Distributed Innovation Platforms

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= Innovation Markets are often used by larger organizations to post research challenges aimed at academic, technical, and other specialist teams. Idea Management Platforms facilitate the ongoing submission of ideas from targeted communities that propose and rank the best ideas.


"„„* Innovation Markets

"Sometimes referred to as R&D platforms, these are essentially competition platforms that are focused on specific challenges posted by an organization. Usually a prespecified reward is given to whoever meets the challenge or provides the best idea. They are commonly used by larger organizations for high-value R&D activities, such as new product development processes that require technical or academic expertise."

There are a number of public innovation markets on which organizations can post their challenges. Some companies such as Procter & Gamble have created their own corporate-branded sites. „„ Process overview: 1) register a crowd; 2) post a challenge; 3) search and connect; 4) participants submit ideas; 5) review and interact; 6) reward; 7) transfer IP

("In general, full intellectual property rights for the winning solution become the property of the client organization. Those who did not win retain the rights to their ideas or proposed solutions.")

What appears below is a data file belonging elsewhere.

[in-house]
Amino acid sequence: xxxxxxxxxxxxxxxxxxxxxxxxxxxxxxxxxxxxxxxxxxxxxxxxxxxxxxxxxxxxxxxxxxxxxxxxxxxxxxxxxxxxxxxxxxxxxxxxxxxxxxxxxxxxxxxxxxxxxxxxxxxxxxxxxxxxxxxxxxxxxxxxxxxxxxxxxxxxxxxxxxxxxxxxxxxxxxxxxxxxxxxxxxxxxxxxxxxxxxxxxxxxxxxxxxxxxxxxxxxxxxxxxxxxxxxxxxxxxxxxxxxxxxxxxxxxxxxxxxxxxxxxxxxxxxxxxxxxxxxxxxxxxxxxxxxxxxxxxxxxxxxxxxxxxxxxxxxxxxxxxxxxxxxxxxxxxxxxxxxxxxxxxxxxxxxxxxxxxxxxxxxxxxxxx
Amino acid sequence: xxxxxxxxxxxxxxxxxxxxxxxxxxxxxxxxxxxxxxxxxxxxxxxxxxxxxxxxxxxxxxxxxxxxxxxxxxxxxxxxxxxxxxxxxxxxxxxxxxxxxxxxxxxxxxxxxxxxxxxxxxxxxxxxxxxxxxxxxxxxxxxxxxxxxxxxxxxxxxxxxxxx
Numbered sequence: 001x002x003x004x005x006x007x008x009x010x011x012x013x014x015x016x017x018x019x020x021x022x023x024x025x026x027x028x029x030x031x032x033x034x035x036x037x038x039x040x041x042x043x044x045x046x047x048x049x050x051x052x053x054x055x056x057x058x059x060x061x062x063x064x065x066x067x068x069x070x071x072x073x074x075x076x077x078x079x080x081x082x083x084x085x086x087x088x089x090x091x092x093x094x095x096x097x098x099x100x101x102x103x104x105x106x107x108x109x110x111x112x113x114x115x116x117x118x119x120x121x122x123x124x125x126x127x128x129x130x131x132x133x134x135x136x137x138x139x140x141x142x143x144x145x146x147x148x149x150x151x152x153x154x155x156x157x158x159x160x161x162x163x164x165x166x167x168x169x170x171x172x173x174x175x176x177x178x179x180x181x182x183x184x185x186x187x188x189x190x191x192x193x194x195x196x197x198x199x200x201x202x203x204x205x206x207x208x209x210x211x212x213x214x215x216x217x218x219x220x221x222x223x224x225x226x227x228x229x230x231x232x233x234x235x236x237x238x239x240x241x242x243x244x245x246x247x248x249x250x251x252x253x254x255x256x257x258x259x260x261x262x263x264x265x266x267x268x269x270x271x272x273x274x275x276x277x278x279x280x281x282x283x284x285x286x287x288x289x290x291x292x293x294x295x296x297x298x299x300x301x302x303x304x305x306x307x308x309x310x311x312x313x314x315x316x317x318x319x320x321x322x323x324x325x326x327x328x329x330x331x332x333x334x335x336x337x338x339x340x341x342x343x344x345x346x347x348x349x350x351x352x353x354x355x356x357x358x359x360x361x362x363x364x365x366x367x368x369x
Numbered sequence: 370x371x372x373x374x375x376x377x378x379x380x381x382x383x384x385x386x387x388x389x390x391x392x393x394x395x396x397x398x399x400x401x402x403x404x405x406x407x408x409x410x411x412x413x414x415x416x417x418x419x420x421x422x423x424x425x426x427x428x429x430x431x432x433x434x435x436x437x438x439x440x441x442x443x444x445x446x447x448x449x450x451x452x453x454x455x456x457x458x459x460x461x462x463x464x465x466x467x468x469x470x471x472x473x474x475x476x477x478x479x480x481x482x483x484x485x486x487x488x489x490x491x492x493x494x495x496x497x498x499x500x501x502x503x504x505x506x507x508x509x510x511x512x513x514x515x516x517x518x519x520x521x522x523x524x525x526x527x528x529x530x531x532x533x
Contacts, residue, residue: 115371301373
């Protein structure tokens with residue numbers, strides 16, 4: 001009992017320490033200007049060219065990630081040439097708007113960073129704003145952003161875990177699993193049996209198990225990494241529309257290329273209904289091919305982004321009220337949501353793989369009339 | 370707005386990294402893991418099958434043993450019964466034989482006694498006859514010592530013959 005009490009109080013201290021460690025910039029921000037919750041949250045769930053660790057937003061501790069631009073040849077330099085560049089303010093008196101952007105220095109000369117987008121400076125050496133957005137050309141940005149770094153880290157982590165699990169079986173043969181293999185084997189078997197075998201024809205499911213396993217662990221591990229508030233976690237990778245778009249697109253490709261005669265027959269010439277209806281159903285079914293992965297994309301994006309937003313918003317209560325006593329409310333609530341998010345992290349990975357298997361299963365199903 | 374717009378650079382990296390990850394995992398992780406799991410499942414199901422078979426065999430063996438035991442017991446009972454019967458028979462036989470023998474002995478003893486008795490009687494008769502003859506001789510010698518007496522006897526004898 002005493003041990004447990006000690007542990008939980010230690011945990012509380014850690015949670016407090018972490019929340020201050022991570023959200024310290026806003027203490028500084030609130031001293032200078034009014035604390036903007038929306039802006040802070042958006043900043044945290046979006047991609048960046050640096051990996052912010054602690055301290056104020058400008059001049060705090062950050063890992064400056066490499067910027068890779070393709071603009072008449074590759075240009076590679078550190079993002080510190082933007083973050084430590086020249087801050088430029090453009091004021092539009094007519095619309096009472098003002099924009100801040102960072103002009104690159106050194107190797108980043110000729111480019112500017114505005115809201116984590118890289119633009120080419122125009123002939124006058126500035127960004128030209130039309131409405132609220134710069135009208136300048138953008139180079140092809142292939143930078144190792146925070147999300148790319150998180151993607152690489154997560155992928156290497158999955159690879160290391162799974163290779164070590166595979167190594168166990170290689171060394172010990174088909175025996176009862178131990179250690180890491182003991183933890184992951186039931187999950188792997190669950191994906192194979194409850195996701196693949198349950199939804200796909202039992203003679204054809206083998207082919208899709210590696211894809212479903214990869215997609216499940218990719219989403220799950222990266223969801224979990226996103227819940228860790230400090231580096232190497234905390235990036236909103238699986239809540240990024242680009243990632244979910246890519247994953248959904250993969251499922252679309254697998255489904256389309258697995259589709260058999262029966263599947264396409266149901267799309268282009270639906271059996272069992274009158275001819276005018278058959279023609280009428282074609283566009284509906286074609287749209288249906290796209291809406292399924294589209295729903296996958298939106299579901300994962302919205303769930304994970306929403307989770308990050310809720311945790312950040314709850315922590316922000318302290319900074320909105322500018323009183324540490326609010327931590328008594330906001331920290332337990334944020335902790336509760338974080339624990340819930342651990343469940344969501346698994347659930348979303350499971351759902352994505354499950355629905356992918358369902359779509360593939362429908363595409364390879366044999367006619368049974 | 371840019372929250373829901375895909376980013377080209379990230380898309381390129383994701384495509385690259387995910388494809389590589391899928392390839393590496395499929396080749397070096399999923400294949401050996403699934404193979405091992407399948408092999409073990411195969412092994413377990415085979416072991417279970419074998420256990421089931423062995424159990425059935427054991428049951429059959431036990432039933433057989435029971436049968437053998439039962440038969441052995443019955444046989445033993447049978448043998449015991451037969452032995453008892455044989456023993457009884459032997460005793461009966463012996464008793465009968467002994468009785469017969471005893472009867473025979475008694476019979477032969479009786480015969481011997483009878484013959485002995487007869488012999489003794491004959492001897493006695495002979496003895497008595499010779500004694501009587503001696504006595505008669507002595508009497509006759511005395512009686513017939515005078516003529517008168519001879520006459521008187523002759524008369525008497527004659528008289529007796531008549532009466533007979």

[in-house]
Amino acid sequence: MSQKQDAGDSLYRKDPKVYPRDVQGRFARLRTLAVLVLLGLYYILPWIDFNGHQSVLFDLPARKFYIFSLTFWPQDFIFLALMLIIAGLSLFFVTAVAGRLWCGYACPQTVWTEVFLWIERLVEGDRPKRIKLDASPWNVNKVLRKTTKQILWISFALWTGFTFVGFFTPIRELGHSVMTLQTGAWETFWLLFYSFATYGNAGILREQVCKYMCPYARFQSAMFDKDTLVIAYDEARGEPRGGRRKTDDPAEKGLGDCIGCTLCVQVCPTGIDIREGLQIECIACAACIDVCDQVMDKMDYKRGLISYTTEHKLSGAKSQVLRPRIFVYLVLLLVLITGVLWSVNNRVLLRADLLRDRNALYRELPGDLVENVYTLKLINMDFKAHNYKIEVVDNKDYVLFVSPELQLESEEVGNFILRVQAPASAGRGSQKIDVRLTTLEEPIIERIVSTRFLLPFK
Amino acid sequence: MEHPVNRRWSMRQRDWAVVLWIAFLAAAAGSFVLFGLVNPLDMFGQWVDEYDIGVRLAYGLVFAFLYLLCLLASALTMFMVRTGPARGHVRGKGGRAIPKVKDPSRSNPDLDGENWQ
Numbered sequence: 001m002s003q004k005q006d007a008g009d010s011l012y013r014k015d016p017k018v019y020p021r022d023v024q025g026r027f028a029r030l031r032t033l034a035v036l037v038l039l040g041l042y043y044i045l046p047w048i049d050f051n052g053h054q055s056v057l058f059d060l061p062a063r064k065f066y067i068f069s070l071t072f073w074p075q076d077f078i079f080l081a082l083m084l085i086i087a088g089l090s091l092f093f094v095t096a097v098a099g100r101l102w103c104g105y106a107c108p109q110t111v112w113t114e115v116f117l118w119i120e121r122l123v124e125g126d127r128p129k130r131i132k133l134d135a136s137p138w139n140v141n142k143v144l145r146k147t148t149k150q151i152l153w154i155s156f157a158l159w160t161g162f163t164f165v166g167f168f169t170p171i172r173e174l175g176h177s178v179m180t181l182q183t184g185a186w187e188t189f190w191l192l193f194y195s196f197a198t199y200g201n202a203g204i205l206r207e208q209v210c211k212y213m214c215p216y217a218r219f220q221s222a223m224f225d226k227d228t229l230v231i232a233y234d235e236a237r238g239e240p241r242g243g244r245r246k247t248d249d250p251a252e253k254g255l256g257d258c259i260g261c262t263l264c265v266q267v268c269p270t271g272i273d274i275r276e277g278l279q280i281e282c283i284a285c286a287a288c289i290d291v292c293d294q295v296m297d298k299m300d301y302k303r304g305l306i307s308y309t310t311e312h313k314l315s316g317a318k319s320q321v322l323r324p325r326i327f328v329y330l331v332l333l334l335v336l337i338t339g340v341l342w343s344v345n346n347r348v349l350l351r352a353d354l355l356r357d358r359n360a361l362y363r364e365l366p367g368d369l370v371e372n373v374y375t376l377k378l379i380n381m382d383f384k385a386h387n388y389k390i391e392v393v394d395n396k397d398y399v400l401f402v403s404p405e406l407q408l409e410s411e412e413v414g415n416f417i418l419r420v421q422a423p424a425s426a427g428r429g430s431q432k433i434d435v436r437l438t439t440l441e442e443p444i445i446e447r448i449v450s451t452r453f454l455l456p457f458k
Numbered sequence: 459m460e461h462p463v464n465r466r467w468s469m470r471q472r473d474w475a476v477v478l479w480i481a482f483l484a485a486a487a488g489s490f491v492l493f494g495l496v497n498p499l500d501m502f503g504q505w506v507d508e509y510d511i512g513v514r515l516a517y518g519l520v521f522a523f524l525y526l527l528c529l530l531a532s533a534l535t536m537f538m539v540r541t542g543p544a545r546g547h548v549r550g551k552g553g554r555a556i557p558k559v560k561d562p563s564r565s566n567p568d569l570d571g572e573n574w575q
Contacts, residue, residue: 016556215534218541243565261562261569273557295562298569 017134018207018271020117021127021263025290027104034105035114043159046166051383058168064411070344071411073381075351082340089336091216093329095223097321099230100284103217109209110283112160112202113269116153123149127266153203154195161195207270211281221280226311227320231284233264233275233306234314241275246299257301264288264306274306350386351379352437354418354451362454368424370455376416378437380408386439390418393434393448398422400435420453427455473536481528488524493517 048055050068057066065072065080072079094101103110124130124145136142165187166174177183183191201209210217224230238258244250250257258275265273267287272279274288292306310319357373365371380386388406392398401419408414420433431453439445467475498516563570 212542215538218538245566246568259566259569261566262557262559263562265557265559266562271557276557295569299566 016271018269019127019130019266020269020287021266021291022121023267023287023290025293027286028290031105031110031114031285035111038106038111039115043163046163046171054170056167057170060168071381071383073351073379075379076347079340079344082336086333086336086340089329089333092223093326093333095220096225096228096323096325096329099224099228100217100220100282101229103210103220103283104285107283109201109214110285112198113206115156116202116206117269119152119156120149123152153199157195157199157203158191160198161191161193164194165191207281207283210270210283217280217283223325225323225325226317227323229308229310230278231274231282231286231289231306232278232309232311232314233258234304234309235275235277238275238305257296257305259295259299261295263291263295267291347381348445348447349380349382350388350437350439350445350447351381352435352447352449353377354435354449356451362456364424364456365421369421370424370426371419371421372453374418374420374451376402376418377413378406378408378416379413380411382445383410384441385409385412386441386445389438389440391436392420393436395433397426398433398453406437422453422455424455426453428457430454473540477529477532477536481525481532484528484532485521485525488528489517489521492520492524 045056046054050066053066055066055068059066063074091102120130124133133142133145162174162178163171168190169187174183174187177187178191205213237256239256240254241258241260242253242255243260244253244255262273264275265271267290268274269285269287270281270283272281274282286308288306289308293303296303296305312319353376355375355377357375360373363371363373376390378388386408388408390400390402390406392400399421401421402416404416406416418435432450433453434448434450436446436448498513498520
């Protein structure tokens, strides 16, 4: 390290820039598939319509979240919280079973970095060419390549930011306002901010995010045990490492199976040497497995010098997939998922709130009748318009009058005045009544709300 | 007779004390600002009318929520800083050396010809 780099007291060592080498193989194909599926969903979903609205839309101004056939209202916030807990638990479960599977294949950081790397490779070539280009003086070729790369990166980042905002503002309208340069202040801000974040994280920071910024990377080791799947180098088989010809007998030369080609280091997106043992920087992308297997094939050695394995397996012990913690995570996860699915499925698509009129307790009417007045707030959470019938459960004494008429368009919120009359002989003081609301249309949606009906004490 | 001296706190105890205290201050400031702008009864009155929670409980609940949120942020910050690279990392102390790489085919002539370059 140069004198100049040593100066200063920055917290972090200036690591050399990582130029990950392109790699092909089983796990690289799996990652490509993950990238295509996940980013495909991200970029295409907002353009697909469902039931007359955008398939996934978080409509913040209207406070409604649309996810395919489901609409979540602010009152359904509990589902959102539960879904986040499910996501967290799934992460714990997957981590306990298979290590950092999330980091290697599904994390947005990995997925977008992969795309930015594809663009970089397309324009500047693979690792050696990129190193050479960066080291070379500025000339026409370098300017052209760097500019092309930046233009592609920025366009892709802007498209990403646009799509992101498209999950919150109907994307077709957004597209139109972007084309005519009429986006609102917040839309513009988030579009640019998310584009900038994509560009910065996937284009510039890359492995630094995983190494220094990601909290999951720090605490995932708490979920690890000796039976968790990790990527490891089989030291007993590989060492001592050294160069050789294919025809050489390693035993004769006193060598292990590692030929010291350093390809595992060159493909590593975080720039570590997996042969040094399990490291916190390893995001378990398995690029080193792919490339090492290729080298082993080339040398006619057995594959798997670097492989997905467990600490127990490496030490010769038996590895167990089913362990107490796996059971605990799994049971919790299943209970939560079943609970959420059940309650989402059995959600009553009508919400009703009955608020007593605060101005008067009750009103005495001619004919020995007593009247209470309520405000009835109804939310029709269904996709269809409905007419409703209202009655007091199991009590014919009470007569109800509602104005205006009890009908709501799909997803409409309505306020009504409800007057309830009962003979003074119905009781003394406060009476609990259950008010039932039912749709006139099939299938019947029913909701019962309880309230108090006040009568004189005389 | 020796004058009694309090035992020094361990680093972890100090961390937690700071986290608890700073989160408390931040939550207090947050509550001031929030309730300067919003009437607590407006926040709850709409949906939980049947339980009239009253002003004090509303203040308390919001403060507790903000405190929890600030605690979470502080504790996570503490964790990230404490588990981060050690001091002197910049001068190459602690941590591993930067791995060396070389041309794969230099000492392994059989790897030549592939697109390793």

(source: Getting Results from Crowds)


"Moving on from the suggestion box, many organizations now use platforms that allow internal or external communities to contribute ideas, which are then debated, developed, and voted on. Idea management platforms are commonly used to source suggestions from employees, as well as to engage with customer communities."

"Internal or external crowds can collectively predict the outcome of specified events, usually through a market-based mechanism of buying and selling the likelihood of that event happening."


Market maturity: Some aspects of distributed innovation are relatively mature. Idea management platforms such as Imaginatik have been around for 15 years, while InnoCentive publicly launched in 2001. Prediction markets have been used in the corporate arena for over two decades, though it is only over the last five years or so that a range of commercial prediction market platforms have become available."


"In most cases distributed innovation should tap as wide and diverse an audience as possible. While some areas of innovation are extremely specialized, in many cases the most valuable and useful ideas come from people who work outside that domain who can bring new perspectives to bear."


NASA at InnoCentive

"NASA has been an active supporter of using distributed innovation and competitions to solve specific issues it is facing. For example in the past six years it has set a number of “Centennial Challenges” based around different themes, including “Sample Return Robot” and “Nano-Satellite Launch”.

They have also set up their own branded ‘pavilion’ within InnoCentive that displays their current areas of interest. These have ranged from new packing technologies that keep food in space fresher for longer to the “co-ordination of sensor swarms for extra-terrestrial research.” In the pavilion they also posted their request for “Data driven forecasting of solar events.”

The winner of the challenge was Bruce Cragin, a retired radio frequency engineer from New Hampshire, US. He was awarded a $30,000 prize for being able to predict the “onset, intensity of duration” of a “solar event” with 75% accuracy within a 24 hour forecast window." (Getting Results from Crowds, p. 150)